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 How to model deadfall?
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jeyjey
Engine Wiper



Posted - 04/21/2020 :  4:41:55 PM  Show Profile  Reply with Quote
Recent deadfall is easy enough (twigs, etc.), but what about the more ubiquitous "seasoned" deadfall?

Something like in the foreground of this photo:



Country: Ireland | Posts: 386

jeyjey
Engine Wiper



Posted - 04/21/2020 :  4:50:46 PM  Show Profile  Reply with Quote
Here's an example of some "recent" deadfall on my layout. It's nice and bleached, but doesn't have that "hollowed-out-from-inside" look of the stuff in the first picture.




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David J Buchholz
Crew Chief

Posted - 04/21/2020 :  5:39:37 PM  Show Profile  Send David J Buchholz an AOL message  Reply with Quote
Keep in mind you would not just have upper limbs, but where the trunk finally fell over, there would be a matching stump that it came from near by.

Depends upon the the trunk rotted off or a storm up rooted the whole tree, roots and all.



Edited by - David J Buchholz on 04/30/2020 1:02:34 PM

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jeyjey
Engine Wiper



Posted - 04/23/2020 :  07:32:43 AM  Show Profile  Reply with Quote
Yeah, I need to do at least one avalanche debris pile in Ten Mile Canyon too (the north end of it was notorious for wrecking rotary blades). That will definitely need the stumps attached -- although it could be "fresher" wood.


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jeyjey
Engine Wiper



Posted - 04/27/2020 :  2:21:50 PM  Show Profile  Reply with Quote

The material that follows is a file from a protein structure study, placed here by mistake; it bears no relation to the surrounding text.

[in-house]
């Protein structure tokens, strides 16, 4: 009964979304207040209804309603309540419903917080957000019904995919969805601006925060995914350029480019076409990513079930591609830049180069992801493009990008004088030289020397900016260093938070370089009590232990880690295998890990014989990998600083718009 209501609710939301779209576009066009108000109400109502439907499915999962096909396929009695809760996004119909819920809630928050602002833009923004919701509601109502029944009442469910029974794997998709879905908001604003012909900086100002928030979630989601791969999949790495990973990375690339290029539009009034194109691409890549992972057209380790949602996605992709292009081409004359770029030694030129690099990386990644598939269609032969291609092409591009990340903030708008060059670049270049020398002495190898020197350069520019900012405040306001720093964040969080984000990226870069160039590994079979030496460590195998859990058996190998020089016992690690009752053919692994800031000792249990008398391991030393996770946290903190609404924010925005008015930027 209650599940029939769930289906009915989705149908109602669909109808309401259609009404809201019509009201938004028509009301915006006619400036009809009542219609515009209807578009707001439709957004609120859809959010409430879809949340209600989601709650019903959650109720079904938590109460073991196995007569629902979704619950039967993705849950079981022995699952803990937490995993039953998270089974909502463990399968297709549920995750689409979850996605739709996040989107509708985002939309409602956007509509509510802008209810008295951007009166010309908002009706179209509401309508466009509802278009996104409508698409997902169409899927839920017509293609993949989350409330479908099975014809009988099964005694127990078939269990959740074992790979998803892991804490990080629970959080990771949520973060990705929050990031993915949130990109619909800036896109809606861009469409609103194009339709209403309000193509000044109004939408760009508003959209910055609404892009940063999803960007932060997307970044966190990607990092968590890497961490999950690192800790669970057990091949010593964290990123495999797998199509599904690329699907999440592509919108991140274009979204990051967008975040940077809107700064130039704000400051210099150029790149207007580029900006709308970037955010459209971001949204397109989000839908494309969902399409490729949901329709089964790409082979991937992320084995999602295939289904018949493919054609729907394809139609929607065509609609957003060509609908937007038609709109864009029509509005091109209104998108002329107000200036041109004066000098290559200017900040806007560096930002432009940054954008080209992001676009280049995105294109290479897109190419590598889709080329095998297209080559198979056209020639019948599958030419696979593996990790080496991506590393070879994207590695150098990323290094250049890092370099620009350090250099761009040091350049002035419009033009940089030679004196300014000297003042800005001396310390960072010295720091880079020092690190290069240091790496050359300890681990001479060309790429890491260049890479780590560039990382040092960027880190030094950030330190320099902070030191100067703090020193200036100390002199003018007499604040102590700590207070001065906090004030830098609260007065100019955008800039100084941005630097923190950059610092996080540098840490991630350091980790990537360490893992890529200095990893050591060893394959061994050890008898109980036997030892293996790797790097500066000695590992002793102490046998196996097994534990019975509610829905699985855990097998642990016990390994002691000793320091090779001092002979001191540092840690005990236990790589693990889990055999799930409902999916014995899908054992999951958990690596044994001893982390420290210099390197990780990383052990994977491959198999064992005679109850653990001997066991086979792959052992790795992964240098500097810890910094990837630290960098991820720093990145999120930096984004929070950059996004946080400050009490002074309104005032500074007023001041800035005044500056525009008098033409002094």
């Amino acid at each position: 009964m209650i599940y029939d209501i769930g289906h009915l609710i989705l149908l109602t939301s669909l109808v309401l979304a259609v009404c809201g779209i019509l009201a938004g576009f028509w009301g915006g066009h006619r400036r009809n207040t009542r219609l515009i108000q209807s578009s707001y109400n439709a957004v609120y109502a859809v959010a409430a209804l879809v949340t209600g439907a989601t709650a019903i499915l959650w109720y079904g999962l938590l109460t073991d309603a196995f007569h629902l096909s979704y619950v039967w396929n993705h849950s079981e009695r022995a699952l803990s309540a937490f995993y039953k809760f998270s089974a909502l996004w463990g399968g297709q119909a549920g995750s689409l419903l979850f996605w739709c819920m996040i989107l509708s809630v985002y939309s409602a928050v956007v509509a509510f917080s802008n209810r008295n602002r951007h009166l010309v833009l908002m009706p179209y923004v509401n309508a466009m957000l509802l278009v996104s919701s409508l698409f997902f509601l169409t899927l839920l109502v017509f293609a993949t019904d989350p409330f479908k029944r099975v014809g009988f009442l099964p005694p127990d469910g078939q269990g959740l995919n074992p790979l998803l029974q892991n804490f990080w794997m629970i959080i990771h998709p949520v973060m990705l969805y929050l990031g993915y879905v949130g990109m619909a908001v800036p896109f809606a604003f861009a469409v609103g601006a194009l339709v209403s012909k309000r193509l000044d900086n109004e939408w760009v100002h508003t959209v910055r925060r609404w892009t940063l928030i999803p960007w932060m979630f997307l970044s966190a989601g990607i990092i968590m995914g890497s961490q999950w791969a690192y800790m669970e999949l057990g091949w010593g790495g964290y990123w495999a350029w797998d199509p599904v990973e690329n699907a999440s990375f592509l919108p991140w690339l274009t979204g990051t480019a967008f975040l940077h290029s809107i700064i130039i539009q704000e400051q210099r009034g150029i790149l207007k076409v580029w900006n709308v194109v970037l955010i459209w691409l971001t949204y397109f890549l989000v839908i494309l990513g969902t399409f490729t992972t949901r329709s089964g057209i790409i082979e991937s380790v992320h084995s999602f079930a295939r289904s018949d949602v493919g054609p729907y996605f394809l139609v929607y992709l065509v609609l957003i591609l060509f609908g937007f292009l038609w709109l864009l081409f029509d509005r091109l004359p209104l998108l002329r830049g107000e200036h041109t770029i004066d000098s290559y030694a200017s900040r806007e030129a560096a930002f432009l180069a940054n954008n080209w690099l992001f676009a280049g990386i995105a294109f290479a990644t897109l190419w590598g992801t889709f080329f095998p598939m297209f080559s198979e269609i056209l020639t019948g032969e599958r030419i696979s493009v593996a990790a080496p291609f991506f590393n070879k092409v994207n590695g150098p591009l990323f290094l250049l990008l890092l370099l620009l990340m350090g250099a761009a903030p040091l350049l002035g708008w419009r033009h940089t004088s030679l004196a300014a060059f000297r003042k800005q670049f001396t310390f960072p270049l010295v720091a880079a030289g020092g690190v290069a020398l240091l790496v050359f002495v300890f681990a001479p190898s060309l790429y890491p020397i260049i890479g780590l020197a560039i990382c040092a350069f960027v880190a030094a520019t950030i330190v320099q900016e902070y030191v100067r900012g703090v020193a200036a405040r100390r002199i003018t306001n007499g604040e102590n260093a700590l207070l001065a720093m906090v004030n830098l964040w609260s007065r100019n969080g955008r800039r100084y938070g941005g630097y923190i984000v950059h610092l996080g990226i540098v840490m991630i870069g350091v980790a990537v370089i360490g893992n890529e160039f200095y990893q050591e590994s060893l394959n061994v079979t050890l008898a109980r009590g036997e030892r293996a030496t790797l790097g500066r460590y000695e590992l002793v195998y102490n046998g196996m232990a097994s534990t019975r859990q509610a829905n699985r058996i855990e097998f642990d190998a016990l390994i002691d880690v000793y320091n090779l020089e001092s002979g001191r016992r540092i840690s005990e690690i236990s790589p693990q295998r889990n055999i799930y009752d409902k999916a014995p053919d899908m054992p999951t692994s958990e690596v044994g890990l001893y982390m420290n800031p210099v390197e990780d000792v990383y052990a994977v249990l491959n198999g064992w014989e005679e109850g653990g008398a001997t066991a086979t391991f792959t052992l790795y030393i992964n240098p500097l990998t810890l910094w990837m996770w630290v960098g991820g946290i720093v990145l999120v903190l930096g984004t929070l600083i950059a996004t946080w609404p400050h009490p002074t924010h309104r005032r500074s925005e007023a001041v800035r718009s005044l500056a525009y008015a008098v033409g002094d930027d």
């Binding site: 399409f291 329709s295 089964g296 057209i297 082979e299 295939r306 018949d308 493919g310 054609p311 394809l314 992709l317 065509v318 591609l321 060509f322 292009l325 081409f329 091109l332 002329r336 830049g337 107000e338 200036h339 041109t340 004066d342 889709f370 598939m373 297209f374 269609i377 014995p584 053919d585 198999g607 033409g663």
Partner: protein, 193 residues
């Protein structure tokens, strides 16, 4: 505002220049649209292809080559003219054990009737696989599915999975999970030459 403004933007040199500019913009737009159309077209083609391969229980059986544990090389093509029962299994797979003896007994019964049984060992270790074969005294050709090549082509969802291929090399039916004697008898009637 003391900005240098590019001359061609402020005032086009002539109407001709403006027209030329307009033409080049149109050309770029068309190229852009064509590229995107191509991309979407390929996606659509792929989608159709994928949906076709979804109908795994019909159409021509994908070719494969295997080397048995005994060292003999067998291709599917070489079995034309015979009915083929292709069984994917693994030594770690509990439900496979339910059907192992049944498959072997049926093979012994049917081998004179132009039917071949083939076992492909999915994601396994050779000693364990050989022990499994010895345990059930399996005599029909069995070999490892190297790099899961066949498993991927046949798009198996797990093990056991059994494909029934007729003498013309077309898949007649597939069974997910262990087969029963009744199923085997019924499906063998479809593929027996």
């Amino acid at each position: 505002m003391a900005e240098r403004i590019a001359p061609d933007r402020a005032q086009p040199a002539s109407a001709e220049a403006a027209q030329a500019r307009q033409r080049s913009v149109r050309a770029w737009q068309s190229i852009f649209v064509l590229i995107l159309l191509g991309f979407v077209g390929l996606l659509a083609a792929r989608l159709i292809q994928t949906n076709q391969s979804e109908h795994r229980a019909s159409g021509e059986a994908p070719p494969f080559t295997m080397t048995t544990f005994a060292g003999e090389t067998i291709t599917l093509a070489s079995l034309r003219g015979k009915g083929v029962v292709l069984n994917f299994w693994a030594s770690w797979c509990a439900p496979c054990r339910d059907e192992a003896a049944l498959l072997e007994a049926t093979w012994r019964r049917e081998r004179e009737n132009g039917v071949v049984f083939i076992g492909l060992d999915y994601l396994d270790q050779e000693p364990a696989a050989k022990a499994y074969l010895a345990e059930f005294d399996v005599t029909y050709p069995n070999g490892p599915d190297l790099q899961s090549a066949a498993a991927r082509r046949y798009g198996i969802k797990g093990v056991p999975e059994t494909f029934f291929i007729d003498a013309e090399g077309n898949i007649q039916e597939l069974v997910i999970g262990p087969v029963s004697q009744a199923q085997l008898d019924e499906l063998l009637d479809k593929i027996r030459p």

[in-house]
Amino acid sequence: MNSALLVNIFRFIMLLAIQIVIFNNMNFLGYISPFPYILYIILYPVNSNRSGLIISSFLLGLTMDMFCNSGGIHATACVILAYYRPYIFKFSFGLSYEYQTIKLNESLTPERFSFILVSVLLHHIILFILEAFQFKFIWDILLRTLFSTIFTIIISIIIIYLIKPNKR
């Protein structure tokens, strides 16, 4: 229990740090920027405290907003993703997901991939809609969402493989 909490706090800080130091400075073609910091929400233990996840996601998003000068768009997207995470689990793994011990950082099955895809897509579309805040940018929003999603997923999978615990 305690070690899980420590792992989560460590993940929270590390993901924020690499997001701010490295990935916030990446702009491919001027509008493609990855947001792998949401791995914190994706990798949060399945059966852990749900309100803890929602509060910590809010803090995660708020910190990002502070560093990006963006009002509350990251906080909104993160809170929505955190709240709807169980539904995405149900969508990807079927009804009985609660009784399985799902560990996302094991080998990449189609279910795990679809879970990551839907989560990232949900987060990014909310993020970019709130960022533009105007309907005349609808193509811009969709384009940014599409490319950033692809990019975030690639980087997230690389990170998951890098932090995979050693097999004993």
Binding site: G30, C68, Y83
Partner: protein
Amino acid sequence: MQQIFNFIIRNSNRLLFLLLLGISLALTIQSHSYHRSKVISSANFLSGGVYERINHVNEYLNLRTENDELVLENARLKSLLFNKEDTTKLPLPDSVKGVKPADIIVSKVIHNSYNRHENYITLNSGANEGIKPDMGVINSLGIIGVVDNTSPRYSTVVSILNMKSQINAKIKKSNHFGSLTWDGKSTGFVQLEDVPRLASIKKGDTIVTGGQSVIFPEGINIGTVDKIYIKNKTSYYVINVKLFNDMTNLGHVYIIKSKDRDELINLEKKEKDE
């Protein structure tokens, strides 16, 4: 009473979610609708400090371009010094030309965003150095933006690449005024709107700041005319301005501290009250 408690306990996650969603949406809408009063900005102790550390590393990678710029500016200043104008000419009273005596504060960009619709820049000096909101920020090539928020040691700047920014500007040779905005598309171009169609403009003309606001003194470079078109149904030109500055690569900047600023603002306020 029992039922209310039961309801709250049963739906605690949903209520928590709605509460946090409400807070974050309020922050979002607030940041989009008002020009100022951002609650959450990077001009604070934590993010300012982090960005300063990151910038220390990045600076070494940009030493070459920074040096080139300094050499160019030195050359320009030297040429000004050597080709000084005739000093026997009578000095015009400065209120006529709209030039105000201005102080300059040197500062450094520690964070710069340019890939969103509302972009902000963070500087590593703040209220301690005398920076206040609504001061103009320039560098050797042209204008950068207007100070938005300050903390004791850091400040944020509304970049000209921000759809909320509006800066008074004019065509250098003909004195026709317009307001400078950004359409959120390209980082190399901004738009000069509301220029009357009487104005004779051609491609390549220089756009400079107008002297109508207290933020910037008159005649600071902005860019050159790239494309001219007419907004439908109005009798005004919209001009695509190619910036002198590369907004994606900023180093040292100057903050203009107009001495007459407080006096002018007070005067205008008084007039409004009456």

Anyone have any hints?


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tloc
Fireman

Premium Member


Posted - 04/27/2020 :  3:03:31 PM  Show Profile  Reply with Quote
I thought there would be some interest on “dead fall”. I used to belong to a Face Book group on Dead Season” modeling and there weren’t too many daily responses there either. I am unable to post pictures on RRL forums from my IPadPro.

In the fall I took downed leaves from our Maple, Oak and Birch trees and ground them In a blender and because they were still too big for HO I put them in a coffee grinder. Lots of powder but some very nicely seasoned leaves for the forest floor. Into the oven they were and a few hours later onto the forest floor. Dead limbs are all over the real forest floor and most of what I use are the branches from a pine tree, stripped off the leaves, clipped down to decent looking sizes and again into the oven. I have taken logs and branches split them with the Exacto blade, dumped over night in a ink weathering solution and some Arlenes Tacky glue sprinkled some WS grasses to imitate moss growing on them. Then I placed them in position in the forest floor. I make stumps from real branches just cutting them down, I still have some of Rusty Stumps stumps he was selling and I place them randomingly. I think an avalanche debris field would contain lots of rocks, brush and branches depending on how recent you want to model it. Maybe go off a picture of a real debris field. I know this isn’t exactly what you were hoping for but it’s all I got.

TomO



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jeyjey
Engine Wiper



Posted - 04/27/2020 :  5:20:55 PM  Show Profile  Reply with Quote
Thanks, TomO. The oven gives me an idea: I wonder if you slit down the stem of something very pithy (sugar cane or something) and then baked it on high heat if the insides would collapse and pull the skin in a bit? Might give the desired effect....


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tloc
Fireman

Premium Member


Posted - 04/27/2020 :  6:18:58 PM  Show Profile  Reply with Quote
quote:
Originally posted by jeyjey

Thanks, TomO. The oven gives me an idea: I wonder if you slit down the stem of something very pithy (sugar cane or something) and then baked it on high heat if the insides would collapse and pull the skin in a bit? Might give the desired effect....



It doesn’t hurt to experiment. Some oven tips. From past experience!